In our current society we often hear that the Middle East and the West are two completely different societies with conflicting cultures, but in fact, Middle Eastern and Western cultures have much more in common than we may think. These similarities are evident in the art exhibition Geometric Aljamía (displayed at Chapman University on the second floor of Argyros Forum). The exhibition is the result of a cross cultural art project that began in 2013 at the Virginia Commonwealth University. Professors from the University started the project because they wanted to compare the way visual arts are seen in Islamic and Western cultures in order to reveal the overlapping historical and cultural connections. The project took off quickly and soon enough, artists from around the world were coming to contribute at the workshop.
Jorge Benitez who is an assistant professor at the Virginia Commonwealth University is one of the founding artists of the Geometric Aljamía project. Benitez has a Master of Fine Arts degree and is versed in numerous disciplines. He is skilled in painting, drawing, and printmaking, and is knowledgeable about art history, critical theory, communication arts practices, and linguistic art. For the exhibition, Benitez made paper cut pieces and perspective drawings that focus on Islamic patterning and geometry. By showing Islamic visual motifs through a western perspective system he is merging the discoveries of the two cultures, while pointing out the ongoing impact of Middle Eastern philosophy, science, and mathematics on the visual arts of the West.
Another one of the main goals of the exhibit is to show the underlying universal elements in artwork across multiple cultures. Through the exhibit, the artists demonstrate that nothing can be reduced to complete opposites because there are fundamental traits common amongst all cultures, objects, and beings. For example, Benitez highlights the sacred geometry and the mathematical foundations that create the patterns in his work. In addition, he emphasizes how form and design are ubiquitous in art of the Middle East and the West. By making these comparisons he is showing the cross cultural fertilization that exists between the Middle East and the West. In fact, the word Aljamía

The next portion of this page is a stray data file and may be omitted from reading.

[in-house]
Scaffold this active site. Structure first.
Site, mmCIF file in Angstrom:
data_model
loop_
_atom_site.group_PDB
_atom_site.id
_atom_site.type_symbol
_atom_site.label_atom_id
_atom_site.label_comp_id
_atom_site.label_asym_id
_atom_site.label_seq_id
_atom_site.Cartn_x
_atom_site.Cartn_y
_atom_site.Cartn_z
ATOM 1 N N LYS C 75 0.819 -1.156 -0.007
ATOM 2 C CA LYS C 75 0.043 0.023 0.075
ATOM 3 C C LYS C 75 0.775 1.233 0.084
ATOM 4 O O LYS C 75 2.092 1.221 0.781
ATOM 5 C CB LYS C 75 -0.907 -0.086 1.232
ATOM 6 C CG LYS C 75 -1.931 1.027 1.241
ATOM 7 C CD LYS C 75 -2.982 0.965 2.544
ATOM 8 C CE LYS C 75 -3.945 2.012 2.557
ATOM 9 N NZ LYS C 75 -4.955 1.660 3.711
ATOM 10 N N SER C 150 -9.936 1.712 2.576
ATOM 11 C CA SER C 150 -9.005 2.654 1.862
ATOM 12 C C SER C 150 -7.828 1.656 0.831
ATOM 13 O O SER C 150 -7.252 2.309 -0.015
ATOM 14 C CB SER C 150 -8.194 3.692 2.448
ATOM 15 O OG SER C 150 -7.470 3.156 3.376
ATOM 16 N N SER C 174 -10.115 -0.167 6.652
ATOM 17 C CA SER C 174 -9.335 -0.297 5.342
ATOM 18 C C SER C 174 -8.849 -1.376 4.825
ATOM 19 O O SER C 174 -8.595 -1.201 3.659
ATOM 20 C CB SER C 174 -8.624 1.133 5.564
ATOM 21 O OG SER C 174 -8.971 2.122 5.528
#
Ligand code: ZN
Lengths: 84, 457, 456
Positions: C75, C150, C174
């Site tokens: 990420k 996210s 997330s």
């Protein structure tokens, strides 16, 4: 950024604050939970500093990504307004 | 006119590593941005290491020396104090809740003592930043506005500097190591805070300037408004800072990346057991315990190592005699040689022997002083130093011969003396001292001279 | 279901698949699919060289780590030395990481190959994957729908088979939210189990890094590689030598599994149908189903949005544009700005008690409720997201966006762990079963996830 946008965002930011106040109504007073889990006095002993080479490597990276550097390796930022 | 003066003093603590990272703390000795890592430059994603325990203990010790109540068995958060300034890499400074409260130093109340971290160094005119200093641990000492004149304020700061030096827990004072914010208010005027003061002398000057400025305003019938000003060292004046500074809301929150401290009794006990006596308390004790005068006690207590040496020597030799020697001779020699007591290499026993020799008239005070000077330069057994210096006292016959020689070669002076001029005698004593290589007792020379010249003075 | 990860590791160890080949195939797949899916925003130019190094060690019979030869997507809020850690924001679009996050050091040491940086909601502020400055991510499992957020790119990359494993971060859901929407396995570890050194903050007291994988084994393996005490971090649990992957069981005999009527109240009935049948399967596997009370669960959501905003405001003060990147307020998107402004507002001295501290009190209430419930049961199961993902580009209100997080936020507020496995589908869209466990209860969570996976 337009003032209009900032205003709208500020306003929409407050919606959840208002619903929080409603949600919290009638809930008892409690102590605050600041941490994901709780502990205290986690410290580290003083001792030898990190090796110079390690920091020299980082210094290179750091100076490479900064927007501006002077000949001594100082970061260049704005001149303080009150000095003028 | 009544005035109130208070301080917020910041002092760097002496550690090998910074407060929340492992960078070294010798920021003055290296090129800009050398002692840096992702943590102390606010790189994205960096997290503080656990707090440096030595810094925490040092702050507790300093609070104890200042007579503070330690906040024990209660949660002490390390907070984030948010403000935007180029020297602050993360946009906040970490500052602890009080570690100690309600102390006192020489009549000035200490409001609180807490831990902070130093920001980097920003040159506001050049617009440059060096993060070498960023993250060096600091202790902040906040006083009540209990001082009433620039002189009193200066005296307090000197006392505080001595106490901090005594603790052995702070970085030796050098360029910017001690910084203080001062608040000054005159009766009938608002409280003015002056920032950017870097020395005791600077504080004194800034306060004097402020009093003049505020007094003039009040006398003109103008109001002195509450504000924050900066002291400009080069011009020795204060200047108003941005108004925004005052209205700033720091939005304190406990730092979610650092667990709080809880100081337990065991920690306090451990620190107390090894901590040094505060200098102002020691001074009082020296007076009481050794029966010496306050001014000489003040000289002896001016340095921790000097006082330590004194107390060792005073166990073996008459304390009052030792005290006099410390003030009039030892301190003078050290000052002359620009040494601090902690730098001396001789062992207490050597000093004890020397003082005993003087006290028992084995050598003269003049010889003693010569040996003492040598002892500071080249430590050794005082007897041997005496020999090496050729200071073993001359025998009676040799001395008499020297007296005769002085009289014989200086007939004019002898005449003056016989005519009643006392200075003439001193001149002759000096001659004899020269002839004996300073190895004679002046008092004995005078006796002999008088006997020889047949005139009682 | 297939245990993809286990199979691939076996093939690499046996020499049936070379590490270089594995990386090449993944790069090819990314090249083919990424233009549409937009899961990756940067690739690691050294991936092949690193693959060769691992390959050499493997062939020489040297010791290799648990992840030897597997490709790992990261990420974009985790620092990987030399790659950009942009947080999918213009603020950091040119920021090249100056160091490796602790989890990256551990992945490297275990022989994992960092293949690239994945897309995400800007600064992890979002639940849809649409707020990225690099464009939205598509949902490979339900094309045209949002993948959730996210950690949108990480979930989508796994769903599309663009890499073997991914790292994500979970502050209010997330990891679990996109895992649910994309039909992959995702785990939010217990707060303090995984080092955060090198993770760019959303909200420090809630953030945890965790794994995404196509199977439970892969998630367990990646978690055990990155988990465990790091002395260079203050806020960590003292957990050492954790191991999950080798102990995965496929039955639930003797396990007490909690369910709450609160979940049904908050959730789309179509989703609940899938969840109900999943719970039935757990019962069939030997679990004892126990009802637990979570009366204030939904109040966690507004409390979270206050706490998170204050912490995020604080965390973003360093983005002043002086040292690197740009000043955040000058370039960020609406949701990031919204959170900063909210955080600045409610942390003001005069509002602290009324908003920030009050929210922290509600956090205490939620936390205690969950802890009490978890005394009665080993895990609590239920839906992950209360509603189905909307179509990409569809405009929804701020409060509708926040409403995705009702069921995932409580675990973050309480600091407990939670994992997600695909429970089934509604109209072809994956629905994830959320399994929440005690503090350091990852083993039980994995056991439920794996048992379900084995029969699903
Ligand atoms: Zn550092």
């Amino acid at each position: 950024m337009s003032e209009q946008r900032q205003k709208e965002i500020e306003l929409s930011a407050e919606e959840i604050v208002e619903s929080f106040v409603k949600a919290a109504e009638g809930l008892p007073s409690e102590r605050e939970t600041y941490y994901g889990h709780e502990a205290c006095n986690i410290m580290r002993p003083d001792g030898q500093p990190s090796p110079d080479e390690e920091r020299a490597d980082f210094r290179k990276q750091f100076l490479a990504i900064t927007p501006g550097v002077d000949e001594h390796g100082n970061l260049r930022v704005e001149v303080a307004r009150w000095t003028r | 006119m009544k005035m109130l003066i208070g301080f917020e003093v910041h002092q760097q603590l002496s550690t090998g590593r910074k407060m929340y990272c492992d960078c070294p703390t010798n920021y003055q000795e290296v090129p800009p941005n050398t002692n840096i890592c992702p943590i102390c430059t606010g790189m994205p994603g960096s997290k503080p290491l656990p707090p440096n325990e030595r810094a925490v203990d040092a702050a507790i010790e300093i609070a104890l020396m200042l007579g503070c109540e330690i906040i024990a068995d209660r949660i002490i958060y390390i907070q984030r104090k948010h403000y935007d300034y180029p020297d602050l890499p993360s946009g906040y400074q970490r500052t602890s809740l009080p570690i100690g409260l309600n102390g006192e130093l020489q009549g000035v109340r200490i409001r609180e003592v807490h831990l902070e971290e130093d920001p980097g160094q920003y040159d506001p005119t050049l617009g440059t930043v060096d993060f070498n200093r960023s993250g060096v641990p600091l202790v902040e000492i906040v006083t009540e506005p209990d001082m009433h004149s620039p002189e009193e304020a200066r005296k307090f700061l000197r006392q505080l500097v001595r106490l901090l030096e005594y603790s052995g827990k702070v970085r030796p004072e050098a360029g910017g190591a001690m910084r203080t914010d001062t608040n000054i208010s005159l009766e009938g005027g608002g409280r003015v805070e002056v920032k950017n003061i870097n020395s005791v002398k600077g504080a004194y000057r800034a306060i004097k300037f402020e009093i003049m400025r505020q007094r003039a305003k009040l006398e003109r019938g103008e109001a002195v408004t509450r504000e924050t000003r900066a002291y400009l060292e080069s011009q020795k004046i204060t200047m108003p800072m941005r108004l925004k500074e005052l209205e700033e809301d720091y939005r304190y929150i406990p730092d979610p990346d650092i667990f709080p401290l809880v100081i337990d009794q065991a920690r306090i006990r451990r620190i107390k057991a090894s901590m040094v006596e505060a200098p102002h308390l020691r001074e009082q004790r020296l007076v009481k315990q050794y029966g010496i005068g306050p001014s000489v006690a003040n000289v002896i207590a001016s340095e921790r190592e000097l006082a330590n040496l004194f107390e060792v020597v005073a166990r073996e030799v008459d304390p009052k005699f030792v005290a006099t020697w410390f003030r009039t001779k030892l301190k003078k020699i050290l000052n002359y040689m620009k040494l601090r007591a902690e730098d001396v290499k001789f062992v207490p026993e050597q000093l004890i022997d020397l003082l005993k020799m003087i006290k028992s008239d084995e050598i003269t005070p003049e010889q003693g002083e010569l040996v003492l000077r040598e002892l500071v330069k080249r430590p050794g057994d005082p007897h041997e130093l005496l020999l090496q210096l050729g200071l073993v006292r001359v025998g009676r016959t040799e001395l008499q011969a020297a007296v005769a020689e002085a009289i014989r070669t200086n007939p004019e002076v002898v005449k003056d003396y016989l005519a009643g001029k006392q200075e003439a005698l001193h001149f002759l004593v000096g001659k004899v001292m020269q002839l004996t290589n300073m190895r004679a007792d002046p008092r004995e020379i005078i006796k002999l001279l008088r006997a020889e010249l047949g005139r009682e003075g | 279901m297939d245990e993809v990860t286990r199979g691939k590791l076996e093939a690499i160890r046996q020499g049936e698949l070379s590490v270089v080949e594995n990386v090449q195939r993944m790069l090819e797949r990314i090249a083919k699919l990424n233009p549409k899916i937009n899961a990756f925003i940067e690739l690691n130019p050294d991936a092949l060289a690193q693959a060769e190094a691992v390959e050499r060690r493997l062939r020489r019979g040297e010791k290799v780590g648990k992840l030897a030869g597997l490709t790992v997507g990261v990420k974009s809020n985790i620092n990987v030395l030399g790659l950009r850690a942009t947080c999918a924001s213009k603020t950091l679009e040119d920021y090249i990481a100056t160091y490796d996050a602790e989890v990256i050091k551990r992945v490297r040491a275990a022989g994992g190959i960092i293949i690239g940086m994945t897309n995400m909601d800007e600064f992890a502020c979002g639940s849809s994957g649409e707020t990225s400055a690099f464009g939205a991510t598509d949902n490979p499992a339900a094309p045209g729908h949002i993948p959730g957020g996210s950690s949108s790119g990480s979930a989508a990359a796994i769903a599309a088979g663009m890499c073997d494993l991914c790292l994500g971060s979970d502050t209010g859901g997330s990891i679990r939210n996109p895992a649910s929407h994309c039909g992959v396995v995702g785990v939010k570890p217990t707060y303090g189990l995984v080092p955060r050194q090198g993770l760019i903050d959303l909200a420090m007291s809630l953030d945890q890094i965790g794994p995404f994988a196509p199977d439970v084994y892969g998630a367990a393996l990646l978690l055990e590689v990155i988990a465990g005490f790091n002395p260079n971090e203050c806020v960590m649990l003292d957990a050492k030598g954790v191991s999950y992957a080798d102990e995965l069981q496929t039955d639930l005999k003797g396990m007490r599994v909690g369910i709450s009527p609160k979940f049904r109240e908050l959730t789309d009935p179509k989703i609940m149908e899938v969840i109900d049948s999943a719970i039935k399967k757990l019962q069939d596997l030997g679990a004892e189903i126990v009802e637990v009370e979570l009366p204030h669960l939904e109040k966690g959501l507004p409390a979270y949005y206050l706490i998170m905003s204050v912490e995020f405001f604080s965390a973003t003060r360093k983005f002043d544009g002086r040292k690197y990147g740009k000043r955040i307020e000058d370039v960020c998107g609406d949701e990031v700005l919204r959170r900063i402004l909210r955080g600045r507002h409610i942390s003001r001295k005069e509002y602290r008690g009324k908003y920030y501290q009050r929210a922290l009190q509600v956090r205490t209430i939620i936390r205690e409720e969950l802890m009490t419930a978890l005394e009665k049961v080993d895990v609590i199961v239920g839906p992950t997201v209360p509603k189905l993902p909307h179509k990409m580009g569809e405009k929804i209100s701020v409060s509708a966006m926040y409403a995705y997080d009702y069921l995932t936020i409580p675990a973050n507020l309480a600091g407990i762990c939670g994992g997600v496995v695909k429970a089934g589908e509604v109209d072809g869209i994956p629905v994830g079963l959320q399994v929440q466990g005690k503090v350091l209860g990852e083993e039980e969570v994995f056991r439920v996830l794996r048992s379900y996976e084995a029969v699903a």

is a medieval Spanish word that refers to the concept of Eastern and Western hybridization. This exhibition works to counter the divisions that have been made between the Middle East and the West by showing that traditions that may appear at first sight to be incompatible may actually have a number of similarities.
Jorge Benitez will be speaking at Clear-cut: The Point of Papercuts, a panel discussion on the art of papercuts at Chapman University. The panel will take place on Monday November 7th from 6:00 -7:30 pm in the Bush Conference Center located in Beckaman Hall Room 404. The panel is free and open to all; no RSVP is required. Participants of the panel also include Reni Gower, Bovey Lee, Chris Natrop, and Margaret Sosa.
Stay tuned for more blog posts featuring our panelists!
Please contact Esther Shin at firstname.lastname@example.org or 714-628-2832 for more information.
We are grateful to the Escalette Permanent Art Collection Endowment for generously supporting this program.